Impact of in-hospital intravenous iron supplementation on red blood cell transfusions: experience from an Internal Medicine Unit

Link to article at PubMed

Blood Transfus. 2021 Nov;19(6):448-455. doi: 10.2450/2020.0167-20. Epub 2020 Nov 2.


BACKGROUND: Pharmacological treatment of iron deficiency anaemia can reduce red blood cell (RBC) transfusions. Intravenous iron provides a more effective and quicker correction of iron deficiency anaemia than oral iron, and third-generation high-dose intravenous iron formulations allow the complete correction of iron deficiency with just one or two drug infusions, thus facilitating iron supplementation therapy and reducing transfusion requirement.

MATERIAL AND METHODS: In an observational, retrospective study we compared RBC transfusion requirement during hospitalisation and within 3 months of hospital discharge in 88 patients with iron deficiency anaemia treated with high-dose ferric carboxymaltose and in 85 patients treated with ferric gluconate while hospitalised in the Internal Medicine unit of our Institution.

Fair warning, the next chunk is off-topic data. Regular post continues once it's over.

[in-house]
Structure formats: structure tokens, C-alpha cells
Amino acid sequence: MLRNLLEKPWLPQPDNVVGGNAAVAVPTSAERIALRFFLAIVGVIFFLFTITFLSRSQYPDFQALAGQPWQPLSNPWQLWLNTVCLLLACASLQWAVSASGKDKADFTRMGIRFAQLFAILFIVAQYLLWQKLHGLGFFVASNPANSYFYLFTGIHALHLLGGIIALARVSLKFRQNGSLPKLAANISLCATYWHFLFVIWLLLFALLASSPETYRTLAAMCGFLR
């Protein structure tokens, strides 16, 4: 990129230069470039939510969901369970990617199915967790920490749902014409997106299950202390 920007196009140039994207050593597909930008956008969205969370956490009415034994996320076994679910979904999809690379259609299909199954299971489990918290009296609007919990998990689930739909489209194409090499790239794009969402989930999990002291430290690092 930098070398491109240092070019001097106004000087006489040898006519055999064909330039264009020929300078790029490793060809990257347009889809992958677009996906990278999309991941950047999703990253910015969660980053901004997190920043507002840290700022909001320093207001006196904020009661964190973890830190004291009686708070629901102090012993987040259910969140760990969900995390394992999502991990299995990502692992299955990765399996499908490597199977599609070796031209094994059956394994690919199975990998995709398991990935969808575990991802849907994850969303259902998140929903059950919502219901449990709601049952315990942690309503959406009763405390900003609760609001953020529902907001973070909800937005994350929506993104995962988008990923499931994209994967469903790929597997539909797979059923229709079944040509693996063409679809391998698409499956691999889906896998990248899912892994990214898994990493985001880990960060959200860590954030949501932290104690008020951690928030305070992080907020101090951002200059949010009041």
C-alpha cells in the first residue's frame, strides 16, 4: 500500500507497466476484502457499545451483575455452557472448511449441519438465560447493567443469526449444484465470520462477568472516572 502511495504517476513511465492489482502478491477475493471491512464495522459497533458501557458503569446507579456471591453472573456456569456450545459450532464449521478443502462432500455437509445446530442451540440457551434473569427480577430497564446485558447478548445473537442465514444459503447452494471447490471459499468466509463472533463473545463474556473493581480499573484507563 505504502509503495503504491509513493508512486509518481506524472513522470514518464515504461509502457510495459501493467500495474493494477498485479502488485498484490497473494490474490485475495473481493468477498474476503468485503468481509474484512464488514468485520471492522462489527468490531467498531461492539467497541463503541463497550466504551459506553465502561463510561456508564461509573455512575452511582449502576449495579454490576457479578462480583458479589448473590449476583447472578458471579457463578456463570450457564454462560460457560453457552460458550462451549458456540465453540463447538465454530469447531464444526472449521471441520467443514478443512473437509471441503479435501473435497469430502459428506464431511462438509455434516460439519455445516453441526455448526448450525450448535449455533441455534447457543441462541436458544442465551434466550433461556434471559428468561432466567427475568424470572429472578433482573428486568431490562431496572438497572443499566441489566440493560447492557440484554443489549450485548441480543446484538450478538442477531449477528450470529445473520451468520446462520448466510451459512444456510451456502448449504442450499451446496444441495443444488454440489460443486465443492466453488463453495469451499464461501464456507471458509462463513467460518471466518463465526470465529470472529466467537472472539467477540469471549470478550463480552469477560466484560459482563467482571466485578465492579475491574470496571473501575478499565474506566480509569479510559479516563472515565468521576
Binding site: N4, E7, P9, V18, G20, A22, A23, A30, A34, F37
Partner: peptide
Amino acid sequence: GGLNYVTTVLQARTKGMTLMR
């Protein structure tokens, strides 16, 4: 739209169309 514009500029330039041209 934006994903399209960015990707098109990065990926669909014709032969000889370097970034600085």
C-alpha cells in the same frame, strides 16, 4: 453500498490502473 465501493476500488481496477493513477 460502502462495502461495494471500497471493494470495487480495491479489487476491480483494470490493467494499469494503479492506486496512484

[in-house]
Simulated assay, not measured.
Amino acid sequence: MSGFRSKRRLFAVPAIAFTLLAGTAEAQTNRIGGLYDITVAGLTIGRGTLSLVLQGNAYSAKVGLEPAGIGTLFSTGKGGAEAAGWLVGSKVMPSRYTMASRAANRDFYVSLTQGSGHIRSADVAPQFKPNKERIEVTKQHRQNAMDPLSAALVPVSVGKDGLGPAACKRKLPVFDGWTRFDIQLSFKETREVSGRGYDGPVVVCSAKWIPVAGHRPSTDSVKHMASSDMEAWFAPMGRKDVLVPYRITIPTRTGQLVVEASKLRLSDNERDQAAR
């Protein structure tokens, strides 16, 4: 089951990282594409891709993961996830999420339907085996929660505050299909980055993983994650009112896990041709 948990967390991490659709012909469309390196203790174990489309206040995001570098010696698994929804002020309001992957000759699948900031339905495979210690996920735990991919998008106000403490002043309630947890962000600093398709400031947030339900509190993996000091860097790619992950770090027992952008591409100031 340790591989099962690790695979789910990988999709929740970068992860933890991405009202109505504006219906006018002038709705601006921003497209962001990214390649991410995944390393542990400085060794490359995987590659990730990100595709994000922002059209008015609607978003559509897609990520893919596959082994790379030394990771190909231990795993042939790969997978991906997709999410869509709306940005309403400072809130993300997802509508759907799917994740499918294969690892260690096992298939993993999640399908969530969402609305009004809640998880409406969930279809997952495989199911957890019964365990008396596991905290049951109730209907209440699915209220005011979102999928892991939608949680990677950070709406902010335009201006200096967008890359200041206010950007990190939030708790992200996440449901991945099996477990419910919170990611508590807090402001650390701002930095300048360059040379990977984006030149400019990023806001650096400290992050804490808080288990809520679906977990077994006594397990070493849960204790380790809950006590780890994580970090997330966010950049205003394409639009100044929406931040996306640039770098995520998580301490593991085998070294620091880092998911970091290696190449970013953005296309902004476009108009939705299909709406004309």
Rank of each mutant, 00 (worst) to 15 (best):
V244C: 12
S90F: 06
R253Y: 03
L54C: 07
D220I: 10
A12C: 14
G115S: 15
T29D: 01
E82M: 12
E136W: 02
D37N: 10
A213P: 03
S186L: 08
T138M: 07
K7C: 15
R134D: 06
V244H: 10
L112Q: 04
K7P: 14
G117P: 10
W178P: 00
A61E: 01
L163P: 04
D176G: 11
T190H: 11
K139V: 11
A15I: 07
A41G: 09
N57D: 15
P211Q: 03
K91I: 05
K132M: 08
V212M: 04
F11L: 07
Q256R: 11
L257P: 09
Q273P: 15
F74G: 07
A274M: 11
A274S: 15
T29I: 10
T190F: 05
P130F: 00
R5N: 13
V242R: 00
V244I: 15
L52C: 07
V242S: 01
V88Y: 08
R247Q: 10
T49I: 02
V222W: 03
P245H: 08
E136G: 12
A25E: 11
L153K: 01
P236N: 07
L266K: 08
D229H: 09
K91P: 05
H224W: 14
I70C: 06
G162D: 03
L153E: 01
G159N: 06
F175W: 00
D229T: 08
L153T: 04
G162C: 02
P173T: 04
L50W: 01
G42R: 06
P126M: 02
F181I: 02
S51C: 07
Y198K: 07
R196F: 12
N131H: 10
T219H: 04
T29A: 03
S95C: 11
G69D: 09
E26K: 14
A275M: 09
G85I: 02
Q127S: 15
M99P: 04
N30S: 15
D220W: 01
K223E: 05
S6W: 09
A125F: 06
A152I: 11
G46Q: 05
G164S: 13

RESULTS: Ferric carboxymaltose reduced the number of RBC units given to each transfused patient during hospitalisation (1.81±0.84 vs 2.39±1.49, p=0.011). At hospital discharge, fewer ferric carboxymaltose patients were prescribed home therapy with iron. No differences between treatment groups were observed in the proportion of patients or the number of RBC units transfused within 3 months of discharge. At one month from discharge, however, only 2 ferric carboxymaltose patients had been transfused compared with 7 ferric gluconate patients (p=0.078). Patients transfused post-discharge were more likely to have an underlying malignancy and/or higher serum creatinine concentrations.

DISCUSSION: Treatment with ferric carboxymaltose reduced the number of RBC units per transfused patient. Larger studies are required to define risk factors associated with post-discharge transfusion requirement and to establish if home therapy with iron will reduce subsequent transfusions in patients treated with ferric carboxymaltose.

PMID:34739371 | DOI:10.2450/2020.0167-20

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